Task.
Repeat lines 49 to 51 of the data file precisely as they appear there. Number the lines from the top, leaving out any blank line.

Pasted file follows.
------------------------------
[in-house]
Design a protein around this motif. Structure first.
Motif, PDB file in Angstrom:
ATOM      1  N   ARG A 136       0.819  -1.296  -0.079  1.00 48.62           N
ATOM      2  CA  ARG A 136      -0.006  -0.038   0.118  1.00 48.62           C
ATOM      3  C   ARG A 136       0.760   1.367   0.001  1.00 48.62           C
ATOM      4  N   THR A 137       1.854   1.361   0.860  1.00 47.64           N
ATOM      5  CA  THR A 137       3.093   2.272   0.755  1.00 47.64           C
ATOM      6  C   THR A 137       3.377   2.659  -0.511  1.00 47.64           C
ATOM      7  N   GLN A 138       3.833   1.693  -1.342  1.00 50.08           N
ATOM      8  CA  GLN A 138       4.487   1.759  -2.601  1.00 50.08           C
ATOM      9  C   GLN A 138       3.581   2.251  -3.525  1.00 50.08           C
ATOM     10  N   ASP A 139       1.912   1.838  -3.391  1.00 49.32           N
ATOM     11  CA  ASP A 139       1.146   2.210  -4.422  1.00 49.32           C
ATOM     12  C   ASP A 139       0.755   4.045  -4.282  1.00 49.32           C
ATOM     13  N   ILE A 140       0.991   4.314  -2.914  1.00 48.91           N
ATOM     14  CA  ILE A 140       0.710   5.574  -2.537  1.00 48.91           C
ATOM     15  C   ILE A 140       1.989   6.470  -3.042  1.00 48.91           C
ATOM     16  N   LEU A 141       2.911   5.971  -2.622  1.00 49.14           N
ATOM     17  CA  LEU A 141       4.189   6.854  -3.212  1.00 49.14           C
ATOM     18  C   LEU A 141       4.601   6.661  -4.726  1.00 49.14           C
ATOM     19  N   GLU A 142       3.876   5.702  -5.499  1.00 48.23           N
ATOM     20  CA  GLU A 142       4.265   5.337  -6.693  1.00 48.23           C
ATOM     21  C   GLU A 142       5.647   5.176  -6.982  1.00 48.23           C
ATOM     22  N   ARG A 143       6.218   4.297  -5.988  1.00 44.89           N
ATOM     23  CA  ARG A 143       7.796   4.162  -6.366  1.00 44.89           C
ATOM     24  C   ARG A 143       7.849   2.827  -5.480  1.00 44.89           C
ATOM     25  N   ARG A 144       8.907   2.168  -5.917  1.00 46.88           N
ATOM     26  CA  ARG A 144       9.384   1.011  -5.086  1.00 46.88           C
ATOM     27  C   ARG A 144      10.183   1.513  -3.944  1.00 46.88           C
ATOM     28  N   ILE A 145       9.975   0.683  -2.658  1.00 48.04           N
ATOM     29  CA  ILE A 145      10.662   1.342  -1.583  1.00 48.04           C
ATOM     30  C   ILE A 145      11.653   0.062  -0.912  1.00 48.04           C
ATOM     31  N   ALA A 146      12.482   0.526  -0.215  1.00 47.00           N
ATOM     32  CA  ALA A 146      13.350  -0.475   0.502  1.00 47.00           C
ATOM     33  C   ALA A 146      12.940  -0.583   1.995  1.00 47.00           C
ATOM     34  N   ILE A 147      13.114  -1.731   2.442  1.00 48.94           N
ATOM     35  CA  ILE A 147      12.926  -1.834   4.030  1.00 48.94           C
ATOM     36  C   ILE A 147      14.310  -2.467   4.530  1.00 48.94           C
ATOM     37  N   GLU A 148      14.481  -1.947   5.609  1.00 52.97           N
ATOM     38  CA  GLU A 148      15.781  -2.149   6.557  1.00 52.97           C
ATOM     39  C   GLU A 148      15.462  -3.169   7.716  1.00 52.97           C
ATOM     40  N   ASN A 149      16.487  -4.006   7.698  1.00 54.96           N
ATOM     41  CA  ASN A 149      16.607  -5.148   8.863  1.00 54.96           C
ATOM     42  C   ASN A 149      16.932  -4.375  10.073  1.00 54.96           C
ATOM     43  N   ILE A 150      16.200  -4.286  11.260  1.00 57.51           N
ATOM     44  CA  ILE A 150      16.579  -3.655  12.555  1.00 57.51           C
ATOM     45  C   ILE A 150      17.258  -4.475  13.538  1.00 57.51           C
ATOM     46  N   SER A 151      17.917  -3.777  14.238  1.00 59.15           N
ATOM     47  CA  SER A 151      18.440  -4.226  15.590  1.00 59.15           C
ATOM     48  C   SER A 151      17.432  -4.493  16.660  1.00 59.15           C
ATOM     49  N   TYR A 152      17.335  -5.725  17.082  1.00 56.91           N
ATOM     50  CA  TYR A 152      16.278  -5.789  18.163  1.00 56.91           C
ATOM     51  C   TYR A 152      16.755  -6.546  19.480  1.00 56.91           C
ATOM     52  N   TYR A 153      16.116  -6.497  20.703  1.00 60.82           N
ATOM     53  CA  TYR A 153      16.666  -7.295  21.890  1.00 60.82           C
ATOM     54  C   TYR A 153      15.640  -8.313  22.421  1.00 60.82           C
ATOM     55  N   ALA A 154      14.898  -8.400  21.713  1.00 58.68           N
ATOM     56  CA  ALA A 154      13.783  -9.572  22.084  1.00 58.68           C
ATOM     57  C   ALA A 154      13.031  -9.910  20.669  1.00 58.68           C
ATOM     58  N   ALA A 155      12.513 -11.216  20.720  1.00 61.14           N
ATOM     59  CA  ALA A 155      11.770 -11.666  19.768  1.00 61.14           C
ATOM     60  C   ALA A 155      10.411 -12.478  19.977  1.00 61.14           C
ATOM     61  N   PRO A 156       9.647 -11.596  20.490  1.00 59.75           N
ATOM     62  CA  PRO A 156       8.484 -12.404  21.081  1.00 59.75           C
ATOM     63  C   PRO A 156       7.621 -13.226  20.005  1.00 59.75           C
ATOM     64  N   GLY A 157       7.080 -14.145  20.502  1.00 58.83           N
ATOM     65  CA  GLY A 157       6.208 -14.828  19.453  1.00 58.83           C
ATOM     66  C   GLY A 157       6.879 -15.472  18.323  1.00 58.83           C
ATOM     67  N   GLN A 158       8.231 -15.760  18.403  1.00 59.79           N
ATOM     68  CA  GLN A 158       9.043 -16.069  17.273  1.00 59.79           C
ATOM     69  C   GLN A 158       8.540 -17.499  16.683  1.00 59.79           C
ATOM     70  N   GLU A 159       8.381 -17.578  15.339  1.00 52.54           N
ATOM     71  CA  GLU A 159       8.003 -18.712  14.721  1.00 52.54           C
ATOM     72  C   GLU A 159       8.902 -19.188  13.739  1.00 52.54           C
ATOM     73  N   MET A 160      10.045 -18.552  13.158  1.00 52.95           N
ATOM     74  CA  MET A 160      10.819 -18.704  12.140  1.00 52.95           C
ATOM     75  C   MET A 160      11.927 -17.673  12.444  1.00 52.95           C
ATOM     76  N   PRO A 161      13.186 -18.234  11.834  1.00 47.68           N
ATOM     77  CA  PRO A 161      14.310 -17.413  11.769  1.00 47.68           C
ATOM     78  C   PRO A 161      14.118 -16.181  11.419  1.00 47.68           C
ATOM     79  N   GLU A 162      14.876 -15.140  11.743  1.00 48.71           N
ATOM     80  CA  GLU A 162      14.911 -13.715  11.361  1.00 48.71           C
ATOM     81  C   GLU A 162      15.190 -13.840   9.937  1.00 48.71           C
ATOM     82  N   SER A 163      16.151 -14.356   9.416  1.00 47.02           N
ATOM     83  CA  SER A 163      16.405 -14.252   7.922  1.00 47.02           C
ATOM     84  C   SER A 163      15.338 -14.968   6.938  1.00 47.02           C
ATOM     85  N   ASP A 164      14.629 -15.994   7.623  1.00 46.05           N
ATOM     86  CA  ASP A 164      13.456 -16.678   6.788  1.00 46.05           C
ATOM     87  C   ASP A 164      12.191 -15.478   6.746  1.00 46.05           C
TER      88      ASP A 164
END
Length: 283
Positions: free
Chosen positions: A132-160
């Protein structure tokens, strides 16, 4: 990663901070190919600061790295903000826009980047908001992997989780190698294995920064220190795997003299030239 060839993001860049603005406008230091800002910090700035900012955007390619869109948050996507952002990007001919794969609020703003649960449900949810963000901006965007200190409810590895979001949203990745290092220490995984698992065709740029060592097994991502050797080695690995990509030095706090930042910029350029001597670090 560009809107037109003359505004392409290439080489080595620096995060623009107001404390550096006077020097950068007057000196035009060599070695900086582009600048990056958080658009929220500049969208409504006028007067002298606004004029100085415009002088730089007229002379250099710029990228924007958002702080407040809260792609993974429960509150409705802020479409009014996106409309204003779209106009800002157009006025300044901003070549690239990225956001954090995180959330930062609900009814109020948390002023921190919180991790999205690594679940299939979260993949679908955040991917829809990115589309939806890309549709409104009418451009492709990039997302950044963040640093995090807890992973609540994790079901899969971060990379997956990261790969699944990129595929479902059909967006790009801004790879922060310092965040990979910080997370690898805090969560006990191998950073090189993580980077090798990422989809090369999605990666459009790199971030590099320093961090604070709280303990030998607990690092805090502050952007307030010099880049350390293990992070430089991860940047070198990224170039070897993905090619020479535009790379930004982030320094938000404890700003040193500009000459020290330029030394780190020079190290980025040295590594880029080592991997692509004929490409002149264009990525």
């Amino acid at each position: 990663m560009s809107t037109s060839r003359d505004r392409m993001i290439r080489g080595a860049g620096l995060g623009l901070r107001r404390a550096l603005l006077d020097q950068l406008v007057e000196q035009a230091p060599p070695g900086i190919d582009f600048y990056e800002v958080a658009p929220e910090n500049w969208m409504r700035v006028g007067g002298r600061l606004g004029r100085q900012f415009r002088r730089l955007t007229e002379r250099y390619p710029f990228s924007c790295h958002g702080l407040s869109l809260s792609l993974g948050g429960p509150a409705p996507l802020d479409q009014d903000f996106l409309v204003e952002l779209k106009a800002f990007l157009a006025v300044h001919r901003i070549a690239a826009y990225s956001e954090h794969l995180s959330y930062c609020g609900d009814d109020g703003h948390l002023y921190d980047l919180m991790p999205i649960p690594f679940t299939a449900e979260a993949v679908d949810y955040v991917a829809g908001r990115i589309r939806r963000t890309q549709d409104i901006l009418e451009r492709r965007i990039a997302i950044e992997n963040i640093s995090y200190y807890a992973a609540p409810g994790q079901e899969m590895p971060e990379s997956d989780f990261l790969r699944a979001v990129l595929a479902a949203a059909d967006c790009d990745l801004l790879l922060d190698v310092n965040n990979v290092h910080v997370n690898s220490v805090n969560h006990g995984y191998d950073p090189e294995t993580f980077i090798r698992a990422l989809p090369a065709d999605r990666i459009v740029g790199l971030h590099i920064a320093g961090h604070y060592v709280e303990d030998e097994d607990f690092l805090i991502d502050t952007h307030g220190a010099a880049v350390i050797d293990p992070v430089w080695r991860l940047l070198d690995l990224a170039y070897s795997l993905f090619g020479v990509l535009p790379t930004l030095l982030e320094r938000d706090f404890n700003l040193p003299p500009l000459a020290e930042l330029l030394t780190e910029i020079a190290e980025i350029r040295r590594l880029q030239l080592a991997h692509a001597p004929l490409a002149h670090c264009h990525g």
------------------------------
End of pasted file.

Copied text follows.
ATOM     46  N   SER A 151      17.917  -3.777  14.238  1.00 59.15           N
ATOM     47  CA  SER A 151      18.440  -4.226  15.590  1.00 59.15           C
ATOM     48  C   SER A 151      17.432  -4.493  16.660  1.00 59.15           C